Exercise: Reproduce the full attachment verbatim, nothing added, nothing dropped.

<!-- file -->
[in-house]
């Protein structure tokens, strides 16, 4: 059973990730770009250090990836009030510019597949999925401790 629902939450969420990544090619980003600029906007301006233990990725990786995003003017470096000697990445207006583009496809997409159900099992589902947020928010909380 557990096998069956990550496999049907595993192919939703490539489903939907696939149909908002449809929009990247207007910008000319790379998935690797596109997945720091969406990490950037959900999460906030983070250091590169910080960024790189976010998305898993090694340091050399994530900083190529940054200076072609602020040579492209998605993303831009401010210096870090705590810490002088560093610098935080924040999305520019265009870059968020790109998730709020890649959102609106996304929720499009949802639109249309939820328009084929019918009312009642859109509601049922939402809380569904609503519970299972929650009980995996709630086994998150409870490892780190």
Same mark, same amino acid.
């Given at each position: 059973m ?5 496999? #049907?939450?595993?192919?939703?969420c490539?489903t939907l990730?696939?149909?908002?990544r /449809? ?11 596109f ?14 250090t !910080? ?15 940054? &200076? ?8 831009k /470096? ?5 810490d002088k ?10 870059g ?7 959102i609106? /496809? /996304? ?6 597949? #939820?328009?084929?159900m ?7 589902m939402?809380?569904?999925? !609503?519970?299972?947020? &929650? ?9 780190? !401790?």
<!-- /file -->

[in-house]
């Protein structure tokens, strides 16, 4: 059973990730770009250090990836009030510019597949999925401790 629902939450969420990544090619980003600029906007301006233990990725990786995003003017470096000697990445207006583009496809997409159900099992589902947020928010909380 557990096998069956990550496999049907595993192919939703490539489903939907696939149909908002449809929009990247207007910008000319790379998935690797596109997945720091969406990490950037959900999460906030983070250091590169910080960024790189976010998305898993090694340091050399994530900083190529940054200076072609602020040579492209998605993303831009401010210096870090705590810490002088560093610098935080924040999305520019265009870059968020790109998730709020890649959102609106996304929720499009949802639109249309939820328009084929019918009312009642859109509601049922939402809380569904609503519970299972929650009980995996709630086994998150409870490892780190």
Same mark, same amino acid.
């Given at each position: 059973m ?5 496999? #049907?939450?595993?192919?939703?969420c490539?489903t939907l990730?696939?149909?908002?990544r /449809? ?11 596109f ?14 250090t !910080? ?15 940054? &200076? ?8 831009k /470096? ?5 810490d002088k ?10 870059g ?7 959102i609106? /496809? /996304? ?6 597949? #939820?328009?084929?159900m ?7 589902m939402?809380?569904?999925? !609503?519970?299972?947020? &929650? ?9 780190? !401790?």